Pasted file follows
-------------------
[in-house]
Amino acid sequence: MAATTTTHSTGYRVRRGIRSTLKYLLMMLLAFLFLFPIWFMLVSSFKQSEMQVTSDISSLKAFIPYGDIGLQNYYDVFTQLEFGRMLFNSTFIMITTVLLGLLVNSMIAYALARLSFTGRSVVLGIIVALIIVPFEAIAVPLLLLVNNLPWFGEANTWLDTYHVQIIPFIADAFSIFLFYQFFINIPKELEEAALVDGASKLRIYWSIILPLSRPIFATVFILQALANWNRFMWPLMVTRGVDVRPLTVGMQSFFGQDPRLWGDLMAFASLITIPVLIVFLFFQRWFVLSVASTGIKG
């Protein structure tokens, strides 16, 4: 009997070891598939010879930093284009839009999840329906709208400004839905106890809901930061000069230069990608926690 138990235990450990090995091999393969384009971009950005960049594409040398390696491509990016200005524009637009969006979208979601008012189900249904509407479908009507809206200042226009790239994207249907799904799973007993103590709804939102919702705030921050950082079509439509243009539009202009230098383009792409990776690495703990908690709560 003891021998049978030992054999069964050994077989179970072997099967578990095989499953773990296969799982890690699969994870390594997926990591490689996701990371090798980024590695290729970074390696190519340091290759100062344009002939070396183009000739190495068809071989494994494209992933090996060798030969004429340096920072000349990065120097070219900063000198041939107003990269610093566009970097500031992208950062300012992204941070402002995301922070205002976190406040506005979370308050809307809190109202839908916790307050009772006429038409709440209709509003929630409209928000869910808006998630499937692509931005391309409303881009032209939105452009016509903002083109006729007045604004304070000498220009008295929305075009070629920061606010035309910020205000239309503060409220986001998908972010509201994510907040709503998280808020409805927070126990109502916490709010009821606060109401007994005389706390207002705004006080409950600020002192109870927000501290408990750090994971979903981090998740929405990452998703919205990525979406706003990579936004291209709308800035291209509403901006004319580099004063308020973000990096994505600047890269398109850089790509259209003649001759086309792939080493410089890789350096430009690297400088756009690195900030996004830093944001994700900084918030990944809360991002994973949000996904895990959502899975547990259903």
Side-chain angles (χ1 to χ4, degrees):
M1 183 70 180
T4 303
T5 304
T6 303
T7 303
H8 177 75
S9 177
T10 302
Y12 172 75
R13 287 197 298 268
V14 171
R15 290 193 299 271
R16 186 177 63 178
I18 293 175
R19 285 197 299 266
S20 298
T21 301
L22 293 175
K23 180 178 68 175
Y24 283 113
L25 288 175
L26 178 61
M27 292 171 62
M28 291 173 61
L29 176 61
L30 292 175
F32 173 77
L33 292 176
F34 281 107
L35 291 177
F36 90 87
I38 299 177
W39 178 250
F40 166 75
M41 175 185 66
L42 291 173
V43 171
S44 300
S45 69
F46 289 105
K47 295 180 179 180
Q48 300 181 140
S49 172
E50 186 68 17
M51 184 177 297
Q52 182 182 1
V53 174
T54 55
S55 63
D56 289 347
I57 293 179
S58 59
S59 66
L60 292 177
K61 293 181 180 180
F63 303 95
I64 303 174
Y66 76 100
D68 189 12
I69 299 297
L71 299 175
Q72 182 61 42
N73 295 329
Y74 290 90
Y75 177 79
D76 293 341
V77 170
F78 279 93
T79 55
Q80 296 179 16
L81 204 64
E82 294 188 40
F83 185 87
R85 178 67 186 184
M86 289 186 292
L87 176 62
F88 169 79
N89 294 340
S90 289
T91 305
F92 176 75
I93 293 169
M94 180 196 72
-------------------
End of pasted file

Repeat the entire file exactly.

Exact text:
[in-house]
Amino acid sequence: MAATTTTHSTGYRVRRGIRSTLKYLLMMLLAFLFLFPIWFMLVSSFKQSEMQVTSDISSLKAFIPYGDIGLQNYYDVFTQLEFGRMLFNSTFIMITTVLLGLLVNSMIAYALARLSFTGRSVVLGIIVALIIVPFEAIAVPLLLLVNNLPWFGEANTWLDTYHVQIIPFIADAFSIFLFYQFFINIPKELEEAALVDGASKLRIYWSIILPLSRPIFATVFILQALANWNRFMWPLMVTRGVDVRPLTVGMQSFFGQDPRLWGDLMAFASLITIPVLIVFLFFQRWFVLSVASTGIKG
């Protein structure tokens, strides 16, 4: 009997070891598939010879930093284009839009999840329906709208400004839905106890809901930061000069230069990608926690 138990235990450990090995091999393969384009971009950005960049594409040398390696491509990016200005524009637009969006979208979601008012189900249904509407479908009507809206200042226009790239994207249907799904799973007993103590709804939102919702705030921050950082079509439509243009539009202009230098383009792409990776690495703990908690709560 003891021998049978030992054999069964050994077989179970072997099967578990095989499953773990296969799982890690699969994870390594997926990591490689996701990371090798980024590695290729970074390696190519340091290759100062344009002939070396183009000739190495068809071989494994494209992933090996060798030969004429340096920072000349990065120097070219900063000198041939107003990269610093566009970097500031992208950062300012992204941070402002995301922070205002976190406040506005979370308050809307809190109202839908916790307050009772006429038409709440209709509003929630409209928000869910808006998630499937692509931005391309409303881009032209939105452009016509903002083109006729007045604004304070000498220009008295929305075009070629920061606010035309910020205000239309503060409220986001998908972010509201994510907040709503998280808020409805927070126990109502916490709010009821606060109401007994005389706390207002705004006080409950600020002192109870927000501290408990750090994971979903981090998740929405990452998703919205990525979406706003990579936004291209709308800035291209509403901006004319580099004063308020973000990096994505600047890269398109850089790509259209003649001759086309792939080493410089890789350096430009690297400088756009690195900030996004830093944001994700900084918030990944809360991002994973949000996904895990959502899975547990259903």
Side-chain angles (χ1 to χ4, degrees):
M1 183 70 180
T4 303
T5 304
T6 303
T7 303
H8 177 75
S9 177
T10 302
Y12 172 75
R13 287 197 298 268
V14 171
R15 290 193 299 271
R16 186 177 63 178
I18 293 175
R19 285 197 299 266
S20 298
T21 301
L22 293 175
K23 180 178 68 175
Y24 283 113
L25 288 175
L26 178 61
M27 292 171 62
M28 291 173 61
L29 176 61
L30 292 175
F32 173 77
L33 292 176
F34 281 107
L35 291 177
F36 90 87
I38 299 177
W39 178 250
F40 166 75
M41 175 185 66
L42 291 173
V43 171
S44 300
S45 69
F46 289 105
K47 295 180 179 180
Q48 300 181 140
S49 172
E50 186 68 17
M51 184 177 297
Q52 182 182 1
V53 174
T54 55
S55 63
D56 289 347
I57 293 179
S58 59
S59 66
L60 292 177
K61 293 181 180 180
F63 303 95
I64 303 174
Y66 76 100
D68 189 12
I69 299 297
L71 299 175
Q72 182 61 42
N73 295 329
Y74 290 90
Y75 177 79
D76 293 341
V77 170
F78 279 93
T79 55
Q80 296 179 16
L81 204 64
E82 294 188 40
F83 185 87
R85 178 67 186 184
M86 289 186 292
L87 176 62
F88 169 79
N89 294 340
S90 289
T91 305
F92 176 75
I93 293 169
M94 180 196 72